Ending unsolicited email (SPAM)

See also: the Identifying Phishing blog post at MxToolbox

The traditional email acceptance model is to accept email unless you have a reason to reject it. Trust, unless there is a reason not to. The spammer sends emails; recipients complain and filters are adjusted to block the current batch. The spammer makes changes that avoid the filters, and the cycle continues.

One such filter is sender’s IP address. Blocking email by sender IP address is a maintenance burden made worse by IPv6.

The model needs to change to one that accepts only those sources where there is a reason to trust. The solution must extend the current email mechanisms when adding a trust mechanism.

Part of the solution is for the sender to implement a Sender Policy Framework (SPF) text record in the Domain Name System (DNS). The SPF record lists which IP addresses are permitted to email on behalf of the domain. The recipient’s email server (Mail Transfer Agent or MTA) can compare the sending IP address with those listed in the DNS. The MTA can make informed decisions about whether to accept the email without requiring maintenance.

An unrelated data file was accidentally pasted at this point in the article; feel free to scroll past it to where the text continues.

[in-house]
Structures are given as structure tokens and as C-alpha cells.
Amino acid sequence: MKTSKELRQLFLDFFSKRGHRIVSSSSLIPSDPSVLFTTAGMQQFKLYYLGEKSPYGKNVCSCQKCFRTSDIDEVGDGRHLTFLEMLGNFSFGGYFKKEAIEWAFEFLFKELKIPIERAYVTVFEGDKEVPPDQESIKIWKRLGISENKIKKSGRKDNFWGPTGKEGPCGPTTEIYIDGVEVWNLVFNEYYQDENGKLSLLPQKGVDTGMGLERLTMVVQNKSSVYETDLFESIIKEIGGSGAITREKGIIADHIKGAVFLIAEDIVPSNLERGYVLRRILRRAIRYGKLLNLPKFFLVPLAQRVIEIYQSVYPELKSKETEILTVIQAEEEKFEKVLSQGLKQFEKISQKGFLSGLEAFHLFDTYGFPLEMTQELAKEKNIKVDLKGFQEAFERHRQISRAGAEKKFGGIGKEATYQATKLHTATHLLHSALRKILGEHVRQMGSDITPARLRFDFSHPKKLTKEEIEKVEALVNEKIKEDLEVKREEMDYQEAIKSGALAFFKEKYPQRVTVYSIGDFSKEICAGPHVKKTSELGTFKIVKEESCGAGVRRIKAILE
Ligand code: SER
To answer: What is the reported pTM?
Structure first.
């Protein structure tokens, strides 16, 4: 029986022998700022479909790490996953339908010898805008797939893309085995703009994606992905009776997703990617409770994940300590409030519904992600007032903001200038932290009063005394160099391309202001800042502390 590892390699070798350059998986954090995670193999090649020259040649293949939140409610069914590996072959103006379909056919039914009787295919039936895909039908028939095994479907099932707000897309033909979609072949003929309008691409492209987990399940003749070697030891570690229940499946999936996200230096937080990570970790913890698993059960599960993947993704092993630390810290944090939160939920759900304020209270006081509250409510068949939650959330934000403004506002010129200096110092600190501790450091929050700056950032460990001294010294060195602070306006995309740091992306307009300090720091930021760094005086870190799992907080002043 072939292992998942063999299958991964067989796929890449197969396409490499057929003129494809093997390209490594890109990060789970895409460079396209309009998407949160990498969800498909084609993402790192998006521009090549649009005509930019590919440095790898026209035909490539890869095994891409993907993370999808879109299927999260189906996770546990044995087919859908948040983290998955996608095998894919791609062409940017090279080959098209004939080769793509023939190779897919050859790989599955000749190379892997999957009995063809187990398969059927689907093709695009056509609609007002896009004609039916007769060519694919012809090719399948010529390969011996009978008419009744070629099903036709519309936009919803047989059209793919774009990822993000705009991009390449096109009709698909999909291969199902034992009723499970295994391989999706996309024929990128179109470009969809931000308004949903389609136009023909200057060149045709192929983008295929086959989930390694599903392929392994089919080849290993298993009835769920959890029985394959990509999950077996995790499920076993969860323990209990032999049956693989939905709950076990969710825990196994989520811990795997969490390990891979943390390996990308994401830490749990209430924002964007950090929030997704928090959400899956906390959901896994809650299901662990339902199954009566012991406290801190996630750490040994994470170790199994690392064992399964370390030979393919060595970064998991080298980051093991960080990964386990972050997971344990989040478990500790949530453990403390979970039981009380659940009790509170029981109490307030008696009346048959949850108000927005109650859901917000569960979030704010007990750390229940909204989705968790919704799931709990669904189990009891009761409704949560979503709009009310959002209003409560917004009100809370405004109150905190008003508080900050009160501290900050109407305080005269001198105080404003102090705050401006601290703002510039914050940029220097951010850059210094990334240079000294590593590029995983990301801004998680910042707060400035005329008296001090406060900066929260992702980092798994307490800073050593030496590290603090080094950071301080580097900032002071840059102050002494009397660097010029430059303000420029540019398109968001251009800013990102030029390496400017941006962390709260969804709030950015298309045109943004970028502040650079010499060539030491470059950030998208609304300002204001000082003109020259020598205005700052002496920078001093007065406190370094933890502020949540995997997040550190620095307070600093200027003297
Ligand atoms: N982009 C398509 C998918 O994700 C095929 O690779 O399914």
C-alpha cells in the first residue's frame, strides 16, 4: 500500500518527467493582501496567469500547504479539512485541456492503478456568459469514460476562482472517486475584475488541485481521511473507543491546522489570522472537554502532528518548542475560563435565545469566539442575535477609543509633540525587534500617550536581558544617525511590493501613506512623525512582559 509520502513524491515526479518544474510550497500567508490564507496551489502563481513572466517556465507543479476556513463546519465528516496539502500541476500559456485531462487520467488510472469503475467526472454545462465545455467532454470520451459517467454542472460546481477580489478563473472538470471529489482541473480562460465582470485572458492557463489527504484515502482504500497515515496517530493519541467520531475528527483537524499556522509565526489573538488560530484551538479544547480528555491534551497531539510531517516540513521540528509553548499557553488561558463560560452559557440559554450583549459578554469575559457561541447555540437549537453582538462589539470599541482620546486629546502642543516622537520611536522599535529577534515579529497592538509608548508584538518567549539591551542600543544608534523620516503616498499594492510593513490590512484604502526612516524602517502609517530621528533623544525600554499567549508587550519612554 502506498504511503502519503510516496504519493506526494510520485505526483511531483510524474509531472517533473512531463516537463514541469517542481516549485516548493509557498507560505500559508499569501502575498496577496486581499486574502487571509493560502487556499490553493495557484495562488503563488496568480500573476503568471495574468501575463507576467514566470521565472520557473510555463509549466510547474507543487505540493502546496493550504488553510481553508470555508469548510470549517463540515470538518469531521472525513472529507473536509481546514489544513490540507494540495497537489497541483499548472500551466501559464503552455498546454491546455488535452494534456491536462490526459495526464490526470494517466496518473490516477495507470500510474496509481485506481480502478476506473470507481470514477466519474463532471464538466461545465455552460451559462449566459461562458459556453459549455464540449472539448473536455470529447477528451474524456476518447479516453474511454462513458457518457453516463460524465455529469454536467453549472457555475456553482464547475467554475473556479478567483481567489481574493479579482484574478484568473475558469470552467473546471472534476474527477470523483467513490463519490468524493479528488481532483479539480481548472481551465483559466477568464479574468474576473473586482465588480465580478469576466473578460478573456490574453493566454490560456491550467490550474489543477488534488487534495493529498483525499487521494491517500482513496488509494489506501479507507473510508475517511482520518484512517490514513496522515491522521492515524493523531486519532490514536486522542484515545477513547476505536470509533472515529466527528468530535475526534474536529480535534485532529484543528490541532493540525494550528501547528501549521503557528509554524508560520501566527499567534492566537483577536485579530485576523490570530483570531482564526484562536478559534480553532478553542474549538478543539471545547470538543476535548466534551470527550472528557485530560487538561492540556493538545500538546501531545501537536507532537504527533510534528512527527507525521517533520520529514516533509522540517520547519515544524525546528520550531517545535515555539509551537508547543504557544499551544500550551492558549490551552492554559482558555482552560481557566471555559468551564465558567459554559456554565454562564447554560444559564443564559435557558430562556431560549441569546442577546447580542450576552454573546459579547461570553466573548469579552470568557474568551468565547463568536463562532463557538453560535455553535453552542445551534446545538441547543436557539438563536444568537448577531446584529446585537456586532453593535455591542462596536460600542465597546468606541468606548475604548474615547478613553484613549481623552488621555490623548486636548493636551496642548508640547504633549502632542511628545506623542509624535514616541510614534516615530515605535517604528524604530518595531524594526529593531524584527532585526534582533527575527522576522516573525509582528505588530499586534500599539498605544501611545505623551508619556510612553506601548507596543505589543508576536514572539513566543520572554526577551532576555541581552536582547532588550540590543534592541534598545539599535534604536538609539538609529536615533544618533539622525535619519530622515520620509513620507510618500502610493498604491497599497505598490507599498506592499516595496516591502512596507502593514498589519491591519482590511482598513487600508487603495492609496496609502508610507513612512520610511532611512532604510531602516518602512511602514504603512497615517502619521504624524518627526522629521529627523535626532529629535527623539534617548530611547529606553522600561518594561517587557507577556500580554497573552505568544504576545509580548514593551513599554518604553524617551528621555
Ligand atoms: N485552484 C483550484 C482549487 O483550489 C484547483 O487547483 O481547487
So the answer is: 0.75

A DomainKeys Identified Mail (DKIM) text record in the DNS enables the sending organization the sign messages. The DKIM record contains a public key from a asymmetric RSA key pair. The recipient’s MTA can verify that the message was sent by the organization which claims to have sent it.

A Domain-based Message Authentication, Reporting & Conformance (DMARC) text record in the DNS indicates the recommended disposition of an email which fails SPF source verification or DKIM authentication. The recipient MTA could be advised to accept the email, accept the email as spam, or reject the email.

Responsible mail senders are advised to implement SPF, DKIM, and DMARC quickly. Email recipients will want a no-maintenance method for disposing of spam.


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